Helper debates city participation in drug task force
More than three months after Mayor Mike Dalpiaz announced Helper would not be participating in the Carbon Metro Drug Task Force, the city councilmembers questioned last week both the reasons for withdrawing and the legality of the mayor's actions.
With the support of Helper Police Chief George Zamantakis, the mayor notified the other members of the drug task force in a letter dated Aug. 29 that the city would not be part of the county-wide law enforcement agency as of Nov. 30.
The drug task force pulls much of the agency's funding from federal grants awarded to Price and the county along with revenues from the general funds of Price and Carbon government.
However, for participation in the drug task force, the remaining law enforcement agencies in the county pay a fee to cover utilities and rent for an office in Price.
Additional funds come from restitution from convicted drug offenders.
The task force works alongside existing law enforcement agencies, backing up investigations and supporting arrests, seizures and other actions.
However, Dalpiaz offered his opinion that Helper could better spend its participation fee of $1,500 on the city's police department rather than on the task force.
"I didn't ever think Helper got the bang for its buck from the drug task force," said the mayor.
Referring to his experience as a Helper city official, Dalpiaz indicated that the drug task force's effectiveness has been slipping in the past eight to 10 years.
Zamantakis agreed with the mayor's assessment and supported the city's withdrawal from the task force.
Zamantakis said the local police department has taken a lead role in drug investigations in Helper and would continue to do so whether the city was part of the drug task force or not.
"Our budget has taken a hit in the last four to five years," said the police chief.
Though not providing specifics, Zamantakis told the council that he had multiple concerns regarding the drug task force. The Helper police chief stated that, once the drug task force improved, he would be open to the option of the city police department's full participation in the county-wide agency.
"We can't help fix it by disengaging from the organization," countered Helper Councilmember Dean Armstrong. "Our withdrawal from the drug task force sends the message that Helper is not a good citizen in Carbon County."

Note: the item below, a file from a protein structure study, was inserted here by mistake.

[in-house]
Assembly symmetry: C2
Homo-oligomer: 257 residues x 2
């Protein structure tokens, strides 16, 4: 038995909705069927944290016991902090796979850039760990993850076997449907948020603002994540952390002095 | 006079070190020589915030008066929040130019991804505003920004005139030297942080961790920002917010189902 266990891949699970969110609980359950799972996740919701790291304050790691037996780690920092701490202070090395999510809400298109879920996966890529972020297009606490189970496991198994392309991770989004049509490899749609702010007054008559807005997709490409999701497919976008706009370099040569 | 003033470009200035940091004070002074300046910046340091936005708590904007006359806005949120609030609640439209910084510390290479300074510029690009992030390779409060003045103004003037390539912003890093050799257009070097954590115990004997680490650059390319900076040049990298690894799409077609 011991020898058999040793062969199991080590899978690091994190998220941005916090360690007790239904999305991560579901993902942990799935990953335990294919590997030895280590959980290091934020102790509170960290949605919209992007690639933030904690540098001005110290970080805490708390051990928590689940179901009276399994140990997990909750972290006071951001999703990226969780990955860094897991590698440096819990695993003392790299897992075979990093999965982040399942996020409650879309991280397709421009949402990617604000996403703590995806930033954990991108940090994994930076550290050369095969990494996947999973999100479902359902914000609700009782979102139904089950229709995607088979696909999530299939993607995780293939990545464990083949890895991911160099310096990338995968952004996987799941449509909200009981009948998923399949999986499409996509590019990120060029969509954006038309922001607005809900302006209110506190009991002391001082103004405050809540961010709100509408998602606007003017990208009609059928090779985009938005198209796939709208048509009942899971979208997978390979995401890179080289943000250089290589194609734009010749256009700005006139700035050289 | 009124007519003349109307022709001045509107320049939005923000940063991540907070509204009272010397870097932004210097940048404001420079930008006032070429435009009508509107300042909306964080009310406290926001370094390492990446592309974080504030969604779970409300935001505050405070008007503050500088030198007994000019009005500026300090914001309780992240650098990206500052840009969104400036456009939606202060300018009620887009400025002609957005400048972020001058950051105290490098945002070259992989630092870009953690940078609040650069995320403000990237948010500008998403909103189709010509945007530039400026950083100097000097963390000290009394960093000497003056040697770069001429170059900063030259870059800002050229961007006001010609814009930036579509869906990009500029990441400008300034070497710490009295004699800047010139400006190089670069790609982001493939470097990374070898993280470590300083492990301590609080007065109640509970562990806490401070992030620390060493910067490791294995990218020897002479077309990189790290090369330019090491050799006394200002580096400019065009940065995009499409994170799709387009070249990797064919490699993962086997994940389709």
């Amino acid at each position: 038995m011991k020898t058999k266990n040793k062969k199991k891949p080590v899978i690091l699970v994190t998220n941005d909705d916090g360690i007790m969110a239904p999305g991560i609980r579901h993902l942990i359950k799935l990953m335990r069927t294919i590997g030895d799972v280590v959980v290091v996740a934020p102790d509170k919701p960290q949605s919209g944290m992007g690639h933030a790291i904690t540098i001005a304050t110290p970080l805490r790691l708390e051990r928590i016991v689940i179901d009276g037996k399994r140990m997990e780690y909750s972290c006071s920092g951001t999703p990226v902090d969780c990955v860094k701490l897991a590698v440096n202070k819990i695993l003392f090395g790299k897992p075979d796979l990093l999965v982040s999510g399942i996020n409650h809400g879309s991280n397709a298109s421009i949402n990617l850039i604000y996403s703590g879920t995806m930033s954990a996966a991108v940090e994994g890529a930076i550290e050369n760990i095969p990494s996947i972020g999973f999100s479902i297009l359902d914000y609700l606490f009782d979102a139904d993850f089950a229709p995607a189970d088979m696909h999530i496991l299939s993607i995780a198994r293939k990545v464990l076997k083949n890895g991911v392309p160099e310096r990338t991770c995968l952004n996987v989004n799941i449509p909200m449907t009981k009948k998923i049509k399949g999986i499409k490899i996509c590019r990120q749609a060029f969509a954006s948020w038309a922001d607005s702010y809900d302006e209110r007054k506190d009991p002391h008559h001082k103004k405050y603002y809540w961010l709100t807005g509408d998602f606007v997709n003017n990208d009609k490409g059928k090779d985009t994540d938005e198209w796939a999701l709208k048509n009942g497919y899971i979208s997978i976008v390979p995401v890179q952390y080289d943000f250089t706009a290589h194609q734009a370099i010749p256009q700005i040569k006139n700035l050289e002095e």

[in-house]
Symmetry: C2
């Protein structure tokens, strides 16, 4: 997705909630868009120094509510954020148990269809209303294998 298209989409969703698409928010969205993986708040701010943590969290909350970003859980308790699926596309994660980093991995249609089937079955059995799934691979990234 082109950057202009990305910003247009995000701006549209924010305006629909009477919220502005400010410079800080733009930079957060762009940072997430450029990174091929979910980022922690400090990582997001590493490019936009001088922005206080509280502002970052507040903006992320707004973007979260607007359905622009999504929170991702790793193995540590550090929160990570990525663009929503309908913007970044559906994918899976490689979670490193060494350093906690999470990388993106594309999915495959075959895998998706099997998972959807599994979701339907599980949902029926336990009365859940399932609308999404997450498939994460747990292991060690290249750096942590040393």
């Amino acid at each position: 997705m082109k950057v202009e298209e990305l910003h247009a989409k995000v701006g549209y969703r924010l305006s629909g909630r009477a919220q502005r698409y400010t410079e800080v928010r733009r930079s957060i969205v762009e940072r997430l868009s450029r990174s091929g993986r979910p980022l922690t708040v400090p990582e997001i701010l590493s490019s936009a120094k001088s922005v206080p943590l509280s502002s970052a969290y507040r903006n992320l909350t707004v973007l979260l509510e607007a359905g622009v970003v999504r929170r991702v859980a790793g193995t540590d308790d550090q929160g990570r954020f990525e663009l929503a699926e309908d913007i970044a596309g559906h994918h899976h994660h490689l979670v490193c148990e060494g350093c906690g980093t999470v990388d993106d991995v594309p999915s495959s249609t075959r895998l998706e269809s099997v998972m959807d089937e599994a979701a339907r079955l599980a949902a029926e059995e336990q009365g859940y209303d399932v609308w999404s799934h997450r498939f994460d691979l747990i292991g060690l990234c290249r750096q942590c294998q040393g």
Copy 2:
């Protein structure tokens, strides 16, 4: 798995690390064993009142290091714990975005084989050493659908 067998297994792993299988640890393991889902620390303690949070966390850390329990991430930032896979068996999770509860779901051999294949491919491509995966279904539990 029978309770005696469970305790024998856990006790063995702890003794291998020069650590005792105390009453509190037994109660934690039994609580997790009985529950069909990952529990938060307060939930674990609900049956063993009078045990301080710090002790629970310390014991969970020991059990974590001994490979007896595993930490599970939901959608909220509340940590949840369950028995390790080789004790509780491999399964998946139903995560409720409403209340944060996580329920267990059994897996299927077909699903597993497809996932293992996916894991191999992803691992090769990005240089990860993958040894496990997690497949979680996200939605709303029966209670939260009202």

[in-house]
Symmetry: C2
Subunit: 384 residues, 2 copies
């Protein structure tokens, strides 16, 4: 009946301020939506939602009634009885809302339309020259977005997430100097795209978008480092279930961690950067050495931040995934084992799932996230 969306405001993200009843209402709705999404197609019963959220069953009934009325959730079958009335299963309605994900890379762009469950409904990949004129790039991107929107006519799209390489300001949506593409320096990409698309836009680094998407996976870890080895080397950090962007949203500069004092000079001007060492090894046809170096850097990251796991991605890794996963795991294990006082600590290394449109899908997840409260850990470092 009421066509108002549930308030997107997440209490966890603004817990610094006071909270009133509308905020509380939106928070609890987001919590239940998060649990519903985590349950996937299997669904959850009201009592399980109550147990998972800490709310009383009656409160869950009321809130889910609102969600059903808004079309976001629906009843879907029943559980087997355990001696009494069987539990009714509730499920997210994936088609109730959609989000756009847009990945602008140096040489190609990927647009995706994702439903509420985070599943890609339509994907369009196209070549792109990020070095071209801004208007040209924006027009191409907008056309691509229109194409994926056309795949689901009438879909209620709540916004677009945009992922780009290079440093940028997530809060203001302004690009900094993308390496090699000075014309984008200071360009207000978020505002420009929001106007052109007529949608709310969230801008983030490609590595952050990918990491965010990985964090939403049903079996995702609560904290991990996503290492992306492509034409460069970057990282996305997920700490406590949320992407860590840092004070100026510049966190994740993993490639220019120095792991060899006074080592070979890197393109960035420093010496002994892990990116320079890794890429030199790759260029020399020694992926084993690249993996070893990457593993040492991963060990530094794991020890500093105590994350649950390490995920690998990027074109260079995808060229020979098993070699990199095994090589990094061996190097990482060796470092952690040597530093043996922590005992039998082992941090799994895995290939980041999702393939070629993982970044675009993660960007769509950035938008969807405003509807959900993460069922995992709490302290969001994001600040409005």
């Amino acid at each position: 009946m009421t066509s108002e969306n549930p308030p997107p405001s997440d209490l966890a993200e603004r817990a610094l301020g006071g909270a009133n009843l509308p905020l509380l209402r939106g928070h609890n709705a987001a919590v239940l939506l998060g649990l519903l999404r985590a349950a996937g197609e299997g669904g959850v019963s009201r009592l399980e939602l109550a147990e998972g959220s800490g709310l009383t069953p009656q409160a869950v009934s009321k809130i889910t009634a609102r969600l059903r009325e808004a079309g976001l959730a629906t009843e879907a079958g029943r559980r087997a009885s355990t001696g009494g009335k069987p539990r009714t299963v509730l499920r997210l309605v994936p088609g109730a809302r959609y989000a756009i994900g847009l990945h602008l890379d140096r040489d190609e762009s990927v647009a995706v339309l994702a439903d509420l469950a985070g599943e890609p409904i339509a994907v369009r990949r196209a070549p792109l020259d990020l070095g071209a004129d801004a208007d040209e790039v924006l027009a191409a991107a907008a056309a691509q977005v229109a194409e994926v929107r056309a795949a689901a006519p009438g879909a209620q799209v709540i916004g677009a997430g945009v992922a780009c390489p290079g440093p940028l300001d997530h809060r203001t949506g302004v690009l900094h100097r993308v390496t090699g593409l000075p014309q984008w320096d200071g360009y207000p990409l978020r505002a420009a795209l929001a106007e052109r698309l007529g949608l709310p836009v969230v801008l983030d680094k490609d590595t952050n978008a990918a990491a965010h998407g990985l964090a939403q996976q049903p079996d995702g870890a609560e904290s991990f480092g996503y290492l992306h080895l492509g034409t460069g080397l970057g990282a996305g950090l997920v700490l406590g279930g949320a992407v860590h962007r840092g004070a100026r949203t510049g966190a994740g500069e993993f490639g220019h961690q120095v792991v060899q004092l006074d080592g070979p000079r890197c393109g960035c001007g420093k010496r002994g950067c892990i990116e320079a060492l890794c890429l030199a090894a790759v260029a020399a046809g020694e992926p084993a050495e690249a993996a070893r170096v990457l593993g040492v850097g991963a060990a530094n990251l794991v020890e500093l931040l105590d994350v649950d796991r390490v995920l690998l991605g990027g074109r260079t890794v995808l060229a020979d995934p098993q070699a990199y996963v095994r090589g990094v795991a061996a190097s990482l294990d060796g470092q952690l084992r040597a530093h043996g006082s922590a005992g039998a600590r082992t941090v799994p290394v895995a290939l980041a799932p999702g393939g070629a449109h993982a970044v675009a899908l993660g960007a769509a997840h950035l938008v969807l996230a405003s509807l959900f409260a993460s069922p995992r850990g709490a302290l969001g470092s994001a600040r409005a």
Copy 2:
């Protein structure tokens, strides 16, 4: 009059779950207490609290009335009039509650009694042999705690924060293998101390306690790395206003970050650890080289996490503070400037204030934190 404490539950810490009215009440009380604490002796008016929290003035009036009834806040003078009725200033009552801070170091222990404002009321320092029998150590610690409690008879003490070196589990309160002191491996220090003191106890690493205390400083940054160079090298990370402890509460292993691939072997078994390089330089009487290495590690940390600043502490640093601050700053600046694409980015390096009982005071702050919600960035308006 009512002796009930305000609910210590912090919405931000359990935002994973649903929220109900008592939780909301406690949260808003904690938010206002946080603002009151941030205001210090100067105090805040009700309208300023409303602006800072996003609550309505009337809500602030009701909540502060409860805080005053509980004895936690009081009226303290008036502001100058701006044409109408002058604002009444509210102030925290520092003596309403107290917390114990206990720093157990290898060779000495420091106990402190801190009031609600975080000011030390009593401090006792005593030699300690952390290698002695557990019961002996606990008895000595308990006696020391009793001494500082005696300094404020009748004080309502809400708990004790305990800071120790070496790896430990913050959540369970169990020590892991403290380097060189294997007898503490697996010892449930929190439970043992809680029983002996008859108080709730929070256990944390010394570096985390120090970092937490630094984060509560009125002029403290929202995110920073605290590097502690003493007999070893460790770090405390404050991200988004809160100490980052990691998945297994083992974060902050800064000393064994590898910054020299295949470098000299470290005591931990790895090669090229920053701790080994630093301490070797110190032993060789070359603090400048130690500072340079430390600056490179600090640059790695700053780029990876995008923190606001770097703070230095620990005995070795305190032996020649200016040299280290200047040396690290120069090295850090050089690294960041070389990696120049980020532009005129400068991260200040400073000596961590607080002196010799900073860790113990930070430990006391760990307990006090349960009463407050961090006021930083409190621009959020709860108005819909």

Armstrong added that, although Helper may not have needed the task force's assistance recently, the situation could change.
Further, Armstrong contended that by participating in the task force, Helper was fighting drug problems in the surrounding communities.
"We're part of a larger community," pointed out Armstrong, adding that the city is affected by what happens in Spring Glen, Kenilworth and other unincorporated areas around Helper. "We're sending an isolationist message to the rest of Carbon County."
In addition, Armstrong and Helper Councilmember John Jones questioned whether the mayor and police chief have the authority to terminate the interlocal agreement governing the city's involvement in the drug task force.
Representative of Price city - one of the larger players in the task force also spoke in favor of Helper's continued participation in the county-wide law enforcement agency.
Mayor Joe Piccolo pointed out that Price city supports Helper's civic events and is willing to respond to Helper's requests for assistance.
"I believe what's good for Helper is good for Price city," said Piccolo.
The Price mayor also indicated that, if Helper continues to remain absent from the task force, he would support charging Helper for assisting in drug-related police actions in the city, up to the amount the city would pay annually if it were part of the task force.
No such policy is currently in place and Piccolo said that, for the time being, Price would offer assistance to Helper as if the town were a part of the task force.
Further, the Price mayor said the task force was never intended to be a primary law enforcement agency to combat a particular community's drug problems.
Rather, Piccolo pointed out that the task force is an ancillary force intended to provide support to the local agencies that lead drug investigations, seizures and arrests.
During the deliberation, Councilmember Chuck Buchanan said he had gathered multiple reasons why the city should participate in the task force.
Other than the cost, which he said could be justified, Buchanan indicated that he could not see one negative to Helper's involvement in the county-wide drug task force.
"Just because we are part of this county, we should be part of the drug task force," offered Councilmember Bob Farrell.
Farrell made a motion to rejoin the drug task force.
Farrell's motion received a second, but was ruled out of order by Dalpiaz before a vote could be called.
Armstrong and Jones added that if cost is an overwhelming reason not to be part of the task force, they would forego their own salaries - $200 per month - as councilmembers to help cover the cost.
City attorney Gene Strate indicated that there may be some validity to concerns regarding the mayor's legal authority to withdraw Helper from the drug task force without council approval.
The city's participation is governed by an interlocal agreement, signed in February 2000. Interlocal agreements are generally approved by the council.
If the council ratified Helper's involvement in the drug task force, Strate explained that a council action would be required to terminate the agreement.
Pending the city attorney's review of the interlocal contract and Helper's council minutes, Dalpiaz halted further discussion regarding the drug task force matter.